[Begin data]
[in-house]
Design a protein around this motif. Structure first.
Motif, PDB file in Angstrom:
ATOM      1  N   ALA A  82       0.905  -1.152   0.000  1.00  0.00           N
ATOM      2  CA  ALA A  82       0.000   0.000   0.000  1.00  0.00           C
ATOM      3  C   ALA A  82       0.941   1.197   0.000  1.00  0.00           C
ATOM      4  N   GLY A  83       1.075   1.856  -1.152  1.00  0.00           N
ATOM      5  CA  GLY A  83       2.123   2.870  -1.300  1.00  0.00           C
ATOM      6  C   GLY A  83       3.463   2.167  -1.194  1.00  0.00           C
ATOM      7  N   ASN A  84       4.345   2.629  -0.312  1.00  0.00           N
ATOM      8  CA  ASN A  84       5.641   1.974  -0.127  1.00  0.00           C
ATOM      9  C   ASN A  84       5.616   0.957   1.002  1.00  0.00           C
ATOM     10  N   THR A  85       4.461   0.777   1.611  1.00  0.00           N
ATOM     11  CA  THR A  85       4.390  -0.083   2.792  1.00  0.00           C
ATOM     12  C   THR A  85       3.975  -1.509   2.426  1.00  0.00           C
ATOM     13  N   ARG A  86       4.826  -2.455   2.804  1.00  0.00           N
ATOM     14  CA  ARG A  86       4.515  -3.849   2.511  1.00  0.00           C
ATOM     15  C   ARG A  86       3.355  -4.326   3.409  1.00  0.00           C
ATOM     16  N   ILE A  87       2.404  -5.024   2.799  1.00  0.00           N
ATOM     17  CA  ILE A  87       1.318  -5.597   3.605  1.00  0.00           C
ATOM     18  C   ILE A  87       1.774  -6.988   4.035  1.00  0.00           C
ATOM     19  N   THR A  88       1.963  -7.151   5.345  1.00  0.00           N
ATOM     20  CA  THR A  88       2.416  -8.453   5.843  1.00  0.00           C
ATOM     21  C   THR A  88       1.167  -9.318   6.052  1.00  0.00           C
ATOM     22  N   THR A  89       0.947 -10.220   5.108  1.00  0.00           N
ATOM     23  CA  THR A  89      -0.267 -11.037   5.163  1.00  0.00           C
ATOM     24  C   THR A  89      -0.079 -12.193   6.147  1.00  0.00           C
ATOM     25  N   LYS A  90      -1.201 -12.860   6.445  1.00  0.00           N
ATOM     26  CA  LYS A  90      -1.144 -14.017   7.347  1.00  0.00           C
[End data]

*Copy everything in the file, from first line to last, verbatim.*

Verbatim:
[in-house]
Design a protein around this motif. Structure first.
Motif, PDB file in Angstrom:
ATOM      1  N   ALA A  82       0.905  -1.152   0.000  1.00  0.00           N
ATOM      2  CA  ALA A  82       0.000   0.000   0.000  1.00  0.00           C
ATOM      3  C   ALA A  82       0.941   1.197   0.000  1.00  0.00           C
ATOM      4  N   GLY A  83       1.075   1.856  -1.152  1.00  0.00           N
ATOM      5  CA  GLY A  83       2.123   2.870  -1.300  1.00  0.00           C
ATOM      6  C   GLY A  83       3.463   2.167  -1.194  1.00  0.00           C
ATOM      7  N   ASN A  84       4.345   2.629  -0.312  1.00  0.00           N
ATOM      8  CA  ASN A  84       5.641   1.974  -0.127  1.00  0.00           C
ATOM      9  C   ASN A  84       5.616   0.957   1.002  1.00  0.00           C
ATOM     10  N   THR A  85       4.461   0.777   1.611  1.00  0.00           N
ATOM     11  CA  THR A  85       4.390  -0.083   2.792  1.00  0.00           C
ATOM     12  C   THR A  85       3.975  -1.509   2.426  1.00  0.00           C
ATOM     13  N   ARG A  86       4.826  -2.455   2.804  1.00  0.00           N
ATOM     14  CA  ARG A  86       4.515  -3.849   2.511  1.00  0.00           C
ATOM     15  C   ARG A  86       3.355  -4.326   3.409  1.00  0.00           C
ATOM     16  N   ILE A  87       2.404  -5.024   2.799  1.00  0.00           N
ATOM     17  CA  ILE A  87       1.318  -5.597   3.605  1.00  0.00           C
ATOM     18  C   ILE A  87       1.774  -6.988   4.035  1.00  0.00           C
ATOM     19  N   THR A  88       1.963  -7.151   5.345  1.00  0.00           N
ATOM     20  CA  THR A  88       2.416  -8.453   5.843  1.00  0.00           C
ATOM     21  C   THR A  88       1.167  -9.318   6.052  1.00  0.00           C
ATOM     22  N   THR A  89       0.947 -10.220   5.108  1.00  0.00           N
ATOM     23  CA  THR A  89      -0.267 -11.037   5.163  1.00  0.00           C
ATOM     24  C   THR A  89      -0.079 -12.193   6.147  1.00  0.00           C
ATOM     25  N   LYS A  90      -1.201 -12.860   6.445  1.00  0.00           N
ATOM     26  CA  LYS A  90      -1.144 -14.017   7.347  1.00  0.00           C